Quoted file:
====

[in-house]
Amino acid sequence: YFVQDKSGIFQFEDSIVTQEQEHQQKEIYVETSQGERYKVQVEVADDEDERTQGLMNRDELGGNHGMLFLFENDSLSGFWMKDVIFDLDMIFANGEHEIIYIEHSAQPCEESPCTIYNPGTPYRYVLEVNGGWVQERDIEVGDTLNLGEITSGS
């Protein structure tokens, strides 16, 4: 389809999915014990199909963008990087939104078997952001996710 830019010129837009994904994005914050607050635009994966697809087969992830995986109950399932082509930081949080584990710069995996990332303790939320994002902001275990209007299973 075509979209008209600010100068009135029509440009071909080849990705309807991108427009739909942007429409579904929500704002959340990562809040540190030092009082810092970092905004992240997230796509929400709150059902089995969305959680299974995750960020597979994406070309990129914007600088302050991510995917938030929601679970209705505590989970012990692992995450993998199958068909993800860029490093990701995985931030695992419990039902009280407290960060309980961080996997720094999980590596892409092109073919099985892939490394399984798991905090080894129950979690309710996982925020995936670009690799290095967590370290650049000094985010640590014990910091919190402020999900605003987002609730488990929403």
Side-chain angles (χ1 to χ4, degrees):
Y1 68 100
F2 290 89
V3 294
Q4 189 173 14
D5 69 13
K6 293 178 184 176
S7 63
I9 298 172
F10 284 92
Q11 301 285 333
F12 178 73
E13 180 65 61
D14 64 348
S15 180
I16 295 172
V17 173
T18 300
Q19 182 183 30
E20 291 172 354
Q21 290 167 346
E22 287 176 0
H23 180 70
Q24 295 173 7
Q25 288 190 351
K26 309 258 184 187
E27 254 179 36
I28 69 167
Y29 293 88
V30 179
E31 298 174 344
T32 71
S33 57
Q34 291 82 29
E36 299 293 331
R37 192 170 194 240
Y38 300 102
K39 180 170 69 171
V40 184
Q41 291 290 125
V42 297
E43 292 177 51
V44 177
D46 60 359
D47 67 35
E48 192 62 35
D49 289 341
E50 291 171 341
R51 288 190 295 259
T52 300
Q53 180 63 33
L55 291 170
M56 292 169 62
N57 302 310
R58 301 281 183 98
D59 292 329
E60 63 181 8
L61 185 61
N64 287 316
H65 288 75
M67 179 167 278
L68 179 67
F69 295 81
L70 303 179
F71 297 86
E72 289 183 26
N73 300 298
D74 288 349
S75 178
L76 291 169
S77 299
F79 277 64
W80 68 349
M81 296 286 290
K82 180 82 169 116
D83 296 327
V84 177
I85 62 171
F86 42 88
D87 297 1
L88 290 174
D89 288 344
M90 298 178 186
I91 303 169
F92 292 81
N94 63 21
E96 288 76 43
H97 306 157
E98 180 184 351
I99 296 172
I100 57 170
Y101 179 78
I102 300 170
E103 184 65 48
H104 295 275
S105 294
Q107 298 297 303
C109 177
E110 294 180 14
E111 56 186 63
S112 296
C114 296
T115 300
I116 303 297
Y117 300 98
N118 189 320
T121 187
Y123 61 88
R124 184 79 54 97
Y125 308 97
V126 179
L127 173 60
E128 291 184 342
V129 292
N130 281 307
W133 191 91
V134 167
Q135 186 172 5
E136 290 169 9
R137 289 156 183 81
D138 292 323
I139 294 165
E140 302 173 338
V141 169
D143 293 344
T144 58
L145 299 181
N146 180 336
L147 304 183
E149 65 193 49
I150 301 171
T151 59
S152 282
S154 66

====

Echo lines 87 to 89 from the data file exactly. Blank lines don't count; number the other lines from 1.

I91 303 169
F92 292 81
N94 63 21